“It’s All I Think About During The School Day”

(AP Photo/Evan Vucci)

A mother and her daughter were walking a dog as I did a lawn project on Thursday. After a general conversation about the perfect weather, I asked the girl how many more days of school she had before every nice day could be enjoyed outside. The Marquette Elementary student shyly smiled and said 6 more days—with her smile growing as she got to the end of the sentence. She let me know she was glad to have summer vacation arrive.

“But not as happy as I am,’’ her mother stated. After I expressed that is not usually the sentiment of parents she added, “after this past week it’s all I think about during the school day.”

Her words did not need to add all the details for the message to be registered.

It was yet another example of the national dialogue that is taking place, yet again, after a painful and preventative mass shooting of children.

But as the country talked across fences, wrote letters to the editor, called their elected officials, and sadly started attending funerals for 19 school children in  Uvalde, Texas we read of more gun deaths.

News reports have alerted us that in just the past 9 days, 17 more people were shot to death, in Michigan, Colorado, California, Arizona, Illinois, Oklahoma, and Pennsylvania.

Thursday it was reported that the mass shooting which occurred in Oklahoma was the result of a gunman able to buy an AR-15 style assault rifle only hours before the weapon was used to kill two doctors and two others. That shooting was the 20th mass shooting since the 19 school children were murdered in Texas.

I do not need to write the obvious when saying the nation has taken more than its share of gun deaths and injuries due to the under-regulated sales and ease with which these deadly weapons are able to proliferate among the public.

President Joe Biden took to the national airwaves in a timely and profoundly important address aimed to urge Congress to do its duty to the American people regarding guns. It did not matter which political party anyone calls home, or how one cast a ballot in 2020. In what may have been Biden’s finest effort to connect with a nation often at odds, he presented the American problem with guns.

After Columbine, after Sandy Hook, after Charleston, after Orlando, after Las Vegas, after Parkland, nothing has been done. This time, that can’t be true. This time, we must actually do something. The issue we face is one of conscience and common sense.

According to new data just released by the Centers for Disease Control and Prevention, guns are the No. 1 killer of children in the United States of America. The No. 1 killer. More than car accidents, more than cancer. Over the last two decades, more school-age children have died from guns than on-duty police officers and active-duty military combined.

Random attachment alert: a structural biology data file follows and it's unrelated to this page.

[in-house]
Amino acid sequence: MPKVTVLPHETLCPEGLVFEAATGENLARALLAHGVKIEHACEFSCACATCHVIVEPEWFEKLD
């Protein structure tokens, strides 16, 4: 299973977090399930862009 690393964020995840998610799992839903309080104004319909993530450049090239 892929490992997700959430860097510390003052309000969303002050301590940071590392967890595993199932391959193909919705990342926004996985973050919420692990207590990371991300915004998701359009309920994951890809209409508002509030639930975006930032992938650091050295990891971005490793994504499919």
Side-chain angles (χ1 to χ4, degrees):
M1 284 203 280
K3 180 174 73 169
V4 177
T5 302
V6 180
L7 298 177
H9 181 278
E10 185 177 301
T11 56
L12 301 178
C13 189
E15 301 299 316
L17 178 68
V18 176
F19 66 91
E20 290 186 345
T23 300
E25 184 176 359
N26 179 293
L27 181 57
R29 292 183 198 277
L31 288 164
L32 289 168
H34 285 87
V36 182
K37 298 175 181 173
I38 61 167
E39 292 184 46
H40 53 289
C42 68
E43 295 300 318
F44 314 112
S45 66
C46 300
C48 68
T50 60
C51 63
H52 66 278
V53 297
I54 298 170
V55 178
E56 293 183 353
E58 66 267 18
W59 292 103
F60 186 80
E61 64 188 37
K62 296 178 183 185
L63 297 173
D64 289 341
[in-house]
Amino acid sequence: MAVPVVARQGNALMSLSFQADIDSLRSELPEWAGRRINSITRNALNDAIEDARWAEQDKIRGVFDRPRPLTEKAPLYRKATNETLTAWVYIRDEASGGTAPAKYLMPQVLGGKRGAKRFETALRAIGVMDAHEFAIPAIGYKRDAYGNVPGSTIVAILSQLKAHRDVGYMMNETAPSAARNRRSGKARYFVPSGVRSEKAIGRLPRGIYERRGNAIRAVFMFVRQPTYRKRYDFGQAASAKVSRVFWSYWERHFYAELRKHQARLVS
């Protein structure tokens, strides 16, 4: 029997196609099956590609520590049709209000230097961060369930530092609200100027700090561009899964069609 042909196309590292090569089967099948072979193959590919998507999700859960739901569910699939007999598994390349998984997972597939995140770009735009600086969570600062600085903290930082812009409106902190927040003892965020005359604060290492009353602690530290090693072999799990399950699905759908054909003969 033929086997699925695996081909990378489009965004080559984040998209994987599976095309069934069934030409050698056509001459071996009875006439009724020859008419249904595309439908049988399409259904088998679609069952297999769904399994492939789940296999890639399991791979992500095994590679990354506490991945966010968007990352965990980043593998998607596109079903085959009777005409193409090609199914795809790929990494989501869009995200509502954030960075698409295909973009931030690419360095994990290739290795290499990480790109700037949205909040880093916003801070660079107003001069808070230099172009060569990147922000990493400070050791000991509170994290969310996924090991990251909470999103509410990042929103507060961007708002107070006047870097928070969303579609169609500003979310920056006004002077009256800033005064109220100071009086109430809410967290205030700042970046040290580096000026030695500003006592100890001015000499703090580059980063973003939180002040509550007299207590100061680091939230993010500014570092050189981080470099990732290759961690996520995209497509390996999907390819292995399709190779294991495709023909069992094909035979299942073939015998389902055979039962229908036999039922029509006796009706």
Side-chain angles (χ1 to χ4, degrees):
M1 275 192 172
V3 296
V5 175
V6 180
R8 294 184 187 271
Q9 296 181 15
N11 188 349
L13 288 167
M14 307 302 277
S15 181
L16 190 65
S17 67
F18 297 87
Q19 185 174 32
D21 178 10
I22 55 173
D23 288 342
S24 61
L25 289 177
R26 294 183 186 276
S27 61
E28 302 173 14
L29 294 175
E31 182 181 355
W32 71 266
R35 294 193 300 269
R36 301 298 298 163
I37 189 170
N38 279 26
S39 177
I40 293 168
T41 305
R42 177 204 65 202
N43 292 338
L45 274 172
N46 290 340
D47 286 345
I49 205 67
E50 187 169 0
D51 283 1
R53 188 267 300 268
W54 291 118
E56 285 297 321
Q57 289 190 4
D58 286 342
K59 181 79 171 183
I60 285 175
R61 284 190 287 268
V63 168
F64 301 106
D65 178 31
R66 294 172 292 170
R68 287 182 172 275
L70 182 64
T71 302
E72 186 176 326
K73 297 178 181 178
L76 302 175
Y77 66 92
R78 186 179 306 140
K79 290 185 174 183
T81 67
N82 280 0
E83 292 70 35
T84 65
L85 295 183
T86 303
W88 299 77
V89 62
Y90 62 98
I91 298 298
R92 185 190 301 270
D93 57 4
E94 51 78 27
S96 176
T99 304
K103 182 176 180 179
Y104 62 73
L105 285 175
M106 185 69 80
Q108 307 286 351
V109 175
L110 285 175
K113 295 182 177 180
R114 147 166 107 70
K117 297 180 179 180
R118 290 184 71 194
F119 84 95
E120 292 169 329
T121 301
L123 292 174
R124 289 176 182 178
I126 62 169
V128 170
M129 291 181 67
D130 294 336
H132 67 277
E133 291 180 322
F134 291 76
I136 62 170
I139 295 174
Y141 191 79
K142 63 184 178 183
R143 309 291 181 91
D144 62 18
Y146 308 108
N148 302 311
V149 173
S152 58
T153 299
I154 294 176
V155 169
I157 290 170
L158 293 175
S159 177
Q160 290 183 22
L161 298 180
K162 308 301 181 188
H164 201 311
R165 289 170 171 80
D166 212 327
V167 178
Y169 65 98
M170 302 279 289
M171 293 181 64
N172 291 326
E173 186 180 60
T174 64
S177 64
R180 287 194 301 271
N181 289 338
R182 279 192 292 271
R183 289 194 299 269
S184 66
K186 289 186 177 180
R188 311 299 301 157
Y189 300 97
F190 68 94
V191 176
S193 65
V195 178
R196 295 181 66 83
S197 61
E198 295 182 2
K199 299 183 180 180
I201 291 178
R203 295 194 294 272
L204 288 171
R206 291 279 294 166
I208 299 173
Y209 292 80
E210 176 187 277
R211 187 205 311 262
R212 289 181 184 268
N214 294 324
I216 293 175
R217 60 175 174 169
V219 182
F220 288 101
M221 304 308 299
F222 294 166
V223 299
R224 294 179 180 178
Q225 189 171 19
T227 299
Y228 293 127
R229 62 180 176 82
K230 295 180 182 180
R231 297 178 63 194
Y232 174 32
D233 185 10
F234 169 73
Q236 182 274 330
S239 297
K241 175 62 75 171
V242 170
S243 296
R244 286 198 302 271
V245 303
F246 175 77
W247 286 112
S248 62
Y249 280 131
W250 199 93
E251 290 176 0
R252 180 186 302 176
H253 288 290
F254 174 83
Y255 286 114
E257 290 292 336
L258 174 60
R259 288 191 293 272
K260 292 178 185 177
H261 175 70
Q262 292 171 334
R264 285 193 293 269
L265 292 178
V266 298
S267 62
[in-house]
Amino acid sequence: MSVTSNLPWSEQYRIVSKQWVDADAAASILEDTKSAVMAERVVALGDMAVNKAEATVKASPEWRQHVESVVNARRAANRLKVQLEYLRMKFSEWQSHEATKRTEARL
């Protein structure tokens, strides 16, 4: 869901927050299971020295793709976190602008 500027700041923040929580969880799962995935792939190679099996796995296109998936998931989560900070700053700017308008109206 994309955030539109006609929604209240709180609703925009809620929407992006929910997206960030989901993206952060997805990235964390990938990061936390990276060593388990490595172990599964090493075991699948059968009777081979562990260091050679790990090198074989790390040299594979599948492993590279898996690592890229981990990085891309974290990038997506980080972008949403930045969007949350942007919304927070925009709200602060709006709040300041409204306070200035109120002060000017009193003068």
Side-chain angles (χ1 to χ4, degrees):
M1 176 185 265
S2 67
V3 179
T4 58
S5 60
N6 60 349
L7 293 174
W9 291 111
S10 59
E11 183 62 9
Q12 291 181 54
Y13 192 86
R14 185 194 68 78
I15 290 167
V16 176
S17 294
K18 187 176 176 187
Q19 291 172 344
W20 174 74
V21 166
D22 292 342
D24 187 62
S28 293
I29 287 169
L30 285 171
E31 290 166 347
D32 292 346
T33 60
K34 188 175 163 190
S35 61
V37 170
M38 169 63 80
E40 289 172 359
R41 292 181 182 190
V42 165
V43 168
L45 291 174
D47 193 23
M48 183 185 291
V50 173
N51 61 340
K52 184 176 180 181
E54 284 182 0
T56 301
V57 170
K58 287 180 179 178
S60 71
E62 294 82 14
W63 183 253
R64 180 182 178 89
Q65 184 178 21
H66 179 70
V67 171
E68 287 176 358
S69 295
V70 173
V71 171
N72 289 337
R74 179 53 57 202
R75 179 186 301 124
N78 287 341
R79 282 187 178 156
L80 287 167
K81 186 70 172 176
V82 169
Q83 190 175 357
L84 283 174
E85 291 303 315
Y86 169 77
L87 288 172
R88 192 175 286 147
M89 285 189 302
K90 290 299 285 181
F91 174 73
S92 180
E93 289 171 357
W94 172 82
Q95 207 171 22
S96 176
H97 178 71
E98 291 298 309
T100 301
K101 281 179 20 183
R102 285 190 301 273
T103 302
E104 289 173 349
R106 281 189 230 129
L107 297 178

Think about that. More kids than on-duty cops killed by guns. More kids than soldiers killed by guns. For God’s sake. How much more carnage are we willing to accept? How many more innocent American lives must be taken before we say enough? Enough.

Rational people know there is a need that calls out for concrete action to stop the death and blood-letting which can occur anywhere. The toll it is having on children, as an example, has been computed and compiled. Since 2019, more than 4,500 children have been shot to death in the United States, according to the Gun Violence Archive. That’s about the same number of US military members killed during the 17 years of the Iraq War.

The facts and data scream out for an American response to what is clearly known worldwide as an American problem.

For every one child under the age of 5 shot and killed in other high-income countries, there are 29 US kids under the age of 5 shot and killed. For every one child under the age of 15 shot and killed in other high-income countries, there are 13 US kids under the age of 15 shot and killed.

What more sobering statistics does an elected official need to have before knowing the kids in the nation need congressional allies before the gun lobby needs another sign of deference and servility?

Though I am an optimist about life in general and have always been attracted to political messages that lift up hope and speak to, as President Lincoln said, “the better angels of our nature” I have not felt this Congress can deliver a gun-control package. The reason being, as Biden said during his televised address, a partisan desire to do nothing.

The fact that the majority of the Senate Republicans don’t want any of these proposals even to be debated or come up for a vote, I find unconscionable.

The American public is watching Congress, and as we all know from our personal conversations, the revulsion about these shootings has reached an all-time high. Just how long do those wedded to the NRA think they can defy the demands of a nation?

Leave a Reply

Fill in your details below or click an icon to log in:

WordPress.com Logo

You are commenting using your WordPress.com account. Log Out /  Change )

Facebook photo

You are commenting using your Facebook account. Log Out /  Change )

Connecting to %s